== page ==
Pelosi says she will view less-redacted version of Mueller report

Pelosi says she will view less-redacted version of Mueller report
© Aaron Schwartz

Speaker Nancy PelosiNancy PelosiPelosi, Mnuchin reach 'near-final agreement' on budget, debt ceiling Wendy Davis launches bid for Congress in Texas Steyer calls on Pelosi to cancel 'six-week vacation' for Congress MORE (D-Calif.) said Wednesday that she will view a less-redacted version of Robert MuellerRobert (Bob) Swan MuellerThis week: Mueller dominates chaotic week on Capitol Hill Top Republican considered Mueller subpoena to box in Democrats Kamala Harris says her Justice Dept would have 'no choice' but to prosecute Trump for obstruction MORE's report on the special counsel investigation next week.

Pointing to her distrust of Attorney General William BarrWilliam Pelham BarrUkrainian officials and Giuliani are sharing back-channel campaign information: report Will Democrats be up to the task of publicly interviewing Mueller? A question for Robert Mueller MORE, the House Democratic leader said she feels "no pressure" to begin impeachment proceedings against President TrumpDonald John TrumpChelsea Clinton announces birth of third child Ukrainian officials and Giuliani are sharing back-channel campaign information: report Trump attacks 'the Squad' as 'racist group of troublemakers' MORE, but said that she would study the evidence fully.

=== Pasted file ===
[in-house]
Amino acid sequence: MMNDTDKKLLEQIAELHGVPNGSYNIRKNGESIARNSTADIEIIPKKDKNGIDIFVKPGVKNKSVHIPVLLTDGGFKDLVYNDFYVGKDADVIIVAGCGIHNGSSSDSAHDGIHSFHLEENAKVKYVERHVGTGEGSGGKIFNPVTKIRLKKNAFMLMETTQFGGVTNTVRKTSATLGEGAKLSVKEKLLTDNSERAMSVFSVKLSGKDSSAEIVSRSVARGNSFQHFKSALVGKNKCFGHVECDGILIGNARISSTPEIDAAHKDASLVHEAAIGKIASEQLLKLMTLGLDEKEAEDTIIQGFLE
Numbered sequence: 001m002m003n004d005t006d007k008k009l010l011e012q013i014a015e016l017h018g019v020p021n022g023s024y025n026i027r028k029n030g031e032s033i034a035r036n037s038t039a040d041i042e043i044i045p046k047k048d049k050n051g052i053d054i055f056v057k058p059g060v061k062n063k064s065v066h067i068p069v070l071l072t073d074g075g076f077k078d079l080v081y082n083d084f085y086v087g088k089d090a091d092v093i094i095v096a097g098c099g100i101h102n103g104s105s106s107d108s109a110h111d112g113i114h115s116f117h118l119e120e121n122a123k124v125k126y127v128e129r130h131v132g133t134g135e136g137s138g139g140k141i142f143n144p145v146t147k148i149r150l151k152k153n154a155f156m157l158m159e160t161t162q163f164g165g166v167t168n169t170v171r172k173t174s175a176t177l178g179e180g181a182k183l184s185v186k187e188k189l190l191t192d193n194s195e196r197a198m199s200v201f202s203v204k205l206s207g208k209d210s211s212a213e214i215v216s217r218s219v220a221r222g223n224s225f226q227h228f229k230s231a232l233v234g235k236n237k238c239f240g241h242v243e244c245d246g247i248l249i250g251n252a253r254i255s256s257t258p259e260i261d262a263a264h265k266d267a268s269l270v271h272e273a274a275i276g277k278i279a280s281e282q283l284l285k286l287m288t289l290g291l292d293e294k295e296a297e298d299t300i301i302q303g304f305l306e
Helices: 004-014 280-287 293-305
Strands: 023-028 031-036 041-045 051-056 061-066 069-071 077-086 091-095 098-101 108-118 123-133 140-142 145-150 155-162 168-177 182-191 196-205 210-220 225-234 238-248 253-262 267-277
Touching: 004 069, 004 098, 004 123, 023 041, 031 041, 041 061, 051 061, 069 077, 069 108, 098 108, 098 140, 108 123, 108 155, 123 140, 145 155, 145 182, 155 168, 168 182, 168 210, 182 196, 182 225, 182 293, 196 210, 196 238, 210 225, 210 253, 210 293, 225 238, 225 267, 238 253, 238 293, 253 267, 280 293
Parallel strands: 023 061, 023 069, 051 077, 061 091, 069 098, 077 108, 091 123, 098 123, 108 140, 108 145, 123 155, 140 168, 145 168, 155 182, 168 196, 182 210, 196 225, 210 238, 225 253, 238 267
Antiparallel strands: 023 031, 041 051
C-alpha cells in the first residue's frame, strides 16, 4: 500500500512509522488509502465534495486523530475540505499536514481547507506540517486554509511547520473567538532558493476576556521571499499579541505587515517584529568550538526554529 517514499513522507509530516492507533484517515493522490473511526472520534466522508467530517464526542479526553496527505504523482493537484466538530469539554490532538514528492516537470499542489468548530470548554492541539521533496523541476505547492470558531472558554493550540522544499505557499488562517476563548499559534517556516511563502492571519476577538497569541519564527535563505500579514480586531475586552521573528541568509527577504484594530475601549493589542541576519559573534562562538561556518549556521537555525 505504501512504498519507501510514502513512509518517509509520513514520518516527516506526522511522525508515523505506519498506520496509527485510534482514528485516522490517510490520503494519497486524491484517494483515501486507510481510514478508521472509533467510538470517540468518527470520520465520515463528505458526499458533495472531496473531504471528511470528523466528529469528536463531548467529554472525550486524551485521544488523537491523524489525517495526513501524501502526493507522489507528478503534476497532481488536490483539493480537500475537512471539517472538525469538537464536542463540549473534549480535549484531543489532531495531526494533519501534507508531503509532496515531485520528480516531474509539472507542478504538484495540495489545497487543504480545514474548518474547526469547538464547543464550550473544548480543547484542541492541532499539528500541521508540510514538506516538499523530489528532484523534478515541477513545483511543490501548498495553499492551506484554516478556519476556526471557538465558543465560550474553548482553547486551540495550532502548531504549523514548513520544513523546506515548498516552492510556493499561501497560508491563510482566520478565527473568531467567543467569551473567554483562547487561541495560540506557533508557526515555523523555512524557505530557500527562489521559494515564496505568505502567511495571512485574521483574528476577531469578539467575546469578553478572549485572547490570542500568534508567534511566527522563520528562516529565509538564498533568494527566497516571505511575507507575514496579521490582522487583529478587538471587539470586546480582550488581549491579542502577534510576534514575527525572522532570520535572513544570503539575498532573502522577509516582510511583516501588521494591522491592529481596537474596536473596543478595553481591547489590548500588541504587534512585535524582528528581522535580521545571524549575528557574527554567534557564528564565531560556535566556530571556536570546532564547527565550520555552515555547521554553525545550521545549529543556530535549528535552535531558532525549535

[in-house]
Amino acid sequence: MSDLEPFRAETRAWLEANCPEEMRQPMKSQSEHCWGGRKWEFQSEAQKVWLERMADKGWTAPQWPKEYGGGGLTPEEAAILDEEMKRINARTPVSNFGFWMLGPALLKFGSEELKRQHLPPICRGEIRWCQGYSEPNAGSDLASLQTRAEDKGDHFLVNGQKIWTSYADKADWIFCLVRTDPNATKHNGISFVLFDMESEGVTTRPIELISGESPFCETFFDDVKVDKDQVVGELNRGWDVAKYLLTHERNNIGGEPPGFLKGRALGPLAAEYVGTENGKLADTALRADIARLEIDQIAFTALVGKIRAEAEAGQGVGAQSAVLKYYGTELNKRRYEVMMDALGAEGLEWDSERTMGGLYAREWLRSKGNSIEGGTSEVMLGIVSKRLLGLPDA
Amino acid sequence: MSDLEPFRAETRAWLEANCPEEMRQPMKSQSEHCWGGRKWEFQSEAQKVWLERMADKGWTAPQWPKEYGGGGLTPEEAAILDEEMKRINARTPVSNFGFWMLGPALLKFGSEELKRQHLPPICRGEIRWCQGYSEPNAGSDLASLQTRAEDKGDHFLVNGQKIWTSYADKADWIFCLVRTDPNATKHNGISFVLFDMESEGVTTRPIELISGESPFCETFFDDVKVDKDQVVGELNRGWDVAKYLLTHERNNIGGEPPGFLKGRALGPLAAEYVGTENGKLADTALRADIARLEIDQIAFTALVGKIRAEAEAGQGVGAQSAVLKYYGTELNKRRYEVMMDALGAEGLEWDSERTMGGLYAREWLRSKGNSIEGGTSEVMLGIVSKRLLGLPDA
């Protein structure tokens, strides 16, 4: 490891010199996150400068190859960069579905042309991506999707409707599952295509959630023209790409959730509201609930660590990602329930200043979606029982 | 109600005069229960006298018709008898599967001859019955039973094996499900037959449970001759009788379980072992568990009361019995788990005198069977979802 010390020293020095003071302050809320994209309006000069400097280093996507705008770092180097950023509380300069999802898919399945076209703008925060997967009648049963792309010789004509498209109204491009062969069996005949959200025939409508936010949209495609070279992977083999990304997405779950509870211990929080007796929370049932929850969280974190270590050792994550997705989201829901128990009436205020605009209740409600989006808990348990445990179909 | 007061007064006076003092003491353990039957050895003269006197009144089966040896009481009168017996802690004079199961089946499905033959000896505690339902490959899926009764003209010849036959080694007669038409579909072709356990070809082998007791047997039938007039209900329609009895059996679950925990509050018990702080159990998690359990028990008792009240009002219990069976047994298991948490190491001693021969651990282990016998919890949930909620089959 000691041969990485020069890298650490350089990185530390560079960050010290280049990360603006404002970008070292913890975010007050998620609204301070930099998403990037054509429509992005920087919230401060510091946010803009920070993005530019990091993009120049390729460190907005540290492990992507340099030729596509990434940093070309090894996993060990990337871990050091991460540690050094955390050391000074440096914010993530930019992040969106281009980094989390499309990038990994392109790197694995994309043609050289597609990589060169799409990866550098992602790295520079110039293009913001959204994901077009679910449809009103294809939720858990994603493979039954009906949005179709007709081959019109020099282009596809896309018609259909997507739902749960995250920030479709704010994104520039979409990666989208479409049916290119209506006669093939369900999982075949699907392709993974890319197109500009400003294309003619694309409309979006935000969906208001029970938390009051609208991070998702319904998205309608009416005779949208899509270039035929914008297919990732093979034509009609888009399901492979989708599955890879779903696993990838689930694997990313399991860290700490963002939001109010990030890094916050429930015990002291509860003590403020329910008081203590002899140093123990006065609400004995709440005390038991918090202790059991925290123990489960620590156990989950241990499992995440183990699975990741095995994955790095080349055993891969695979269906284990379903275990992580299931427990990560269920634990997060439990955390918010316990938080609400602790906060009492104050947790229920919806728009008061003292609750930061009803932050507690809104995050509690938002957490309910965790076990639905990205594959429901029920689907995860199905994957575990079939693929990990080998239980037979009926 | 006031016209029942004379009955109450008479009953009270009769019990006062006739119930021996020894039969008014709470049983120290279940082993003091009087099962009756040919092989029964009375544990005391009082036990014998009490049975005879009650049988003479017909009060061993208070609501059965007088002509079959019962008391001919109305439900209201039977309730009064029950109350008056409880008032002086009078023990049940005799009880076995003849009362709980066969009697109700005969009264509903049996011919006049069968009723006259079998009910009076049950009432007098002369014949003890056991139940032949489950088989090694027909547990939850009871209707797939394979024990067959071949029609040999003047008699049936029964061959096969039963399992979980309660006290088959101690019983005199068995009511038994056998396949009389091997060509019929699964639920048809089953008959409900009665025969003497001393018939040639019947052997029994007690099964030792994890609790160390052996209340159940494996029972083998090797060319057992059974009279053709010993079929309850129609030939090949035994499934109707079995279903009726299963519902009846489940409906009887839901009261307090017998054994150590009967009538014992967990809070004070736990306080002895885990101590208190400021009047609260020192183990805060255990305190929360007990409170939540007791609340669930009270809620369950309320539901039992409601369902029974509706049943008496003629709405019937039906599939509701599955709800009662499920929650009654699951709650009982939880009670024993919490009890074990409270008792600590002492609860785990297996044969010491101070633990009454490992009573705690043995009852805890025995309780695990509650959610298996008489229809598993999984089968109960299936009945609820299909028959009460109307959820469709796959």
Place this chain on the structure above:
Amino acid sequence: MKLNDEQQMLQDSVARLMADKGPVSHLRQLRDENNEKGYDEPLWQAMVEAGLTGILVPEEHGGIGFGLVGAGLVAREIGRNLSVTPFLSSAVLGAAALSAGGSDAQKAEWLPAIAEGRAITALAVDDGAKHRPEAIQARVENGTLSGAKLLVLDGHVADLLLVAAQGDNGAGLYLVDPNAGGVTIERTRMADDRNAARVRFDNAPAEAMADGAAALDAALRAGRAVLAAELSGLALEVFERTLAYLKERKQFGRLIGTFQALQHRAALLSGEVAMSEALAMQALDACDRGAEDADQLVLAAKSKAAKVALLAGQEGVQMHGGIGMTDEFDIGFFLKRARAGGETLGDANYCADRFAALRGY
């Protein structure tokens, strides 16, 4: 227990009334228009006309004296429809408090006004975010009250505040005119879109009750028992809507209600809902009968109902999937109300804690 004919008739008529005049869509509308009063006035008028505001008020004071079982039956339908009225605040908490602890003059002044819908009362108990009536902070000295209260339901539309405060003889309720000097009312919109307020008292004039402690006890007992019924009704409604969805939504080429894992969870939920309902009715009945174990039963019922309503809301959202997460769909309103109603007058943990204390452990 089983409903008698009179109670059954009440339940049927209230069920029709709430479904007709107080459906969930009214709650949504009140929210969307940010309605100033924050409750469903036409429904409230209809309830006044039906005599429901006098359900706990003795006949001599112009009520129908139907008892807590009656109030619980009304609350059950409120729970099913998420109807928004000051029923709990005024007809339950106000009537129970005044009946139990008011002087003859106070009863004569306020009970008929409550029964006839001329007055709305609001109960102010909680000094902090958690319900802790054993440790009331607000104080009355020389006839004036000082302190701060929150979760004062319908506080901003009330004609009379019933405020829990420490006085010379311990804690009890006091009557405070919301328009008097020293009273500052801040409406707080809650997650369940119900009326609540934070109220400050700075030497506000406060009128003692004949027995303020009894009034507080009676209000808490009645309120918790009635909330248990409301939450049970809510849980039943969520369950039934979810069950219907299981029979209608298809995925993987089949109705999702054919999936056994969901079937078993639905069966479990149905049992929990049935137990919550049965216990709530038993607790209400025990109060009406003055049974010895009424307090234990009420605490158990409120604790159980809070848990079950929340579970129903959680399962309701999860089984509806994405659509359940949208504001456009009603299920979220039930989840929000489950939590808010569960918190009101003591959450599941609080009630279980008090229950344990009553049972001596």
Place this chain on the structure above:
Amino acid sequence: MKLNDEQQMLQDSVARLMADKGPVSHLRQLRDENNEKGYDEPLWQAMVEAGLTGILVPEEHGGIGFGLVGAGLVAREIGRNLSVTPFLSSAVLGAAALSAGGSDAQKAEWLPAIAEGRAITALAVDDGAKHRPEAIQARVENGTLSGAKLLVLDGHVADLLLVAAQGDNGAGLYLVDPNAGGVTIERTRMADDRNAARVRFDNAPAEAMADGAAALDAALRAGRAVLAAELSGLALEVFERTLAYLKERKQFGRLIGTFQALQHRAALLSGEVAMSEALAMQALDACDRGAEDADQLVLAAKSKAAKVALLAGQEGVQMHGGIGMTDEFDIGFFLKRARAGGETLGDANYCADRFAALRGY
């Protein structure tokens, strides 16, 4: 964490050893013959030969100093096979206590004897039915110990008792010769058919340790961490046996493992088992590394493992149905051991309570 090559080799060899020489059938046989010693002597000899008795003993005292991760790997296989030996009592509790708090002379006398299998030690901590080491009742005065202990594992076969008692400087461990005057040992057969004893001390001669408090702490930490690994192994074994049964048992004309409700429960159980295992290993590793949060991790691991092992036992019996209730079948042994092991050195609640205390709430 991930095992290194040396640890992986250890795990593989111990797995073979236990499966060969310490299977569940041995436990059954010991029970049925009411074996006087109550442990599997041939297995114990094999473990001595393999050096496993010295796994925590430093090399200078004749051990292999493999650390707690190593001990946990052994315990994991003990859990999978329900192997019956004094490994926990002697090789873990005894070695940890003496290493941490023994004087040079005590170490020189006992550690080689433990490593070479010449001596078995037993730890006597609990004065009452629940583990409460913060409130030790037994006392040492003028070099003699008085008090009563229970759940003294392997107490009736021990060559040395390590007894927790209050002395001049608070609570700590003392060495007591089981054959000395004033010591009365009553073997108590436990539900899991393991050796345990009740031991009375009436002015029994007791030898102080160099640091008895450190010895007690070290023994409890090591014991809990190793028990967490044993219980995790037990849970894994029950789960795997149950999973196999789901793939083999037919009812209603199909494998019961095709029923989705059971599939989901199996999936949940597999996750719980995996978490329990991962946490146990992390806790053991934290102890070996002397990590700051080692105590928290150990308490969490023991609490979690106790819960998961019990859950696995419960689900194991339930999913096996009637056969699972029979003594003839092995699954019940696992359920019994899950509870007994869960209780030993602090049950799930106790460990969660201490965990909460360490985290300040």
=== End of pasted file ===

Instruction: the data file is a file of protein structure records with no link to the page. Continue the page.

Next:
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"We will be having access to a less-redacted version of the Mueller report,” Pelosi told an audience at a Christian Science Monitor breakfast. “I accepted that because I’m afraid — I really don’t trust the attorney general of the United States.”

“If you’ve got to go down this path, you have to make sure that the public has an understanding of why,” she continued. “What I believe is that when we go forward, as we go forward, it has to run deep.”

Pelosi also dismissed the possibility of censuring the president over possible obstruction of justice, telling reporters at the breakfast that if she saw evidence of such action impeachment would be the only option.

“I think censure is just a way out. If you're going to go, you've got to go," Pelosi said.

“If the goods are there, you must impeach," she added. "Censure is nice, but it is not commensurate with the violations of the Constitution, should we decide that’s the way to go.”

More than 60 Democrats in the House and one Republican, Rep. Justin AmashJustin AmashRep. Haaland says Trump's go-back remarks 'perplexing and wrongheaded' to Native Americans Pence says Trump 'might' speak out if rally crowd chants 'send her back' again Schiff: Trump 'has decided racism is good politics' MORE (Mich.), have announced support for impeachment proceedings. Pelosi and House Democratic leadership have so far resisted the impeachment push, instead focusing on pursuing oversight investigations of the administration.

Pelosi told late-night host Jimmy Kimmel in late May that Democrats would need to present an "ironclad" case to Republicans in the GOP-led Senate if were they to go the route of impeachment.

"We have a defiance of the Constitution of the United States, and so when we go down this path, we have to be ready, and it has to be clear to the American people, and we have to hope that it’ll be clear to the Republicans in the United States Senate," she said then.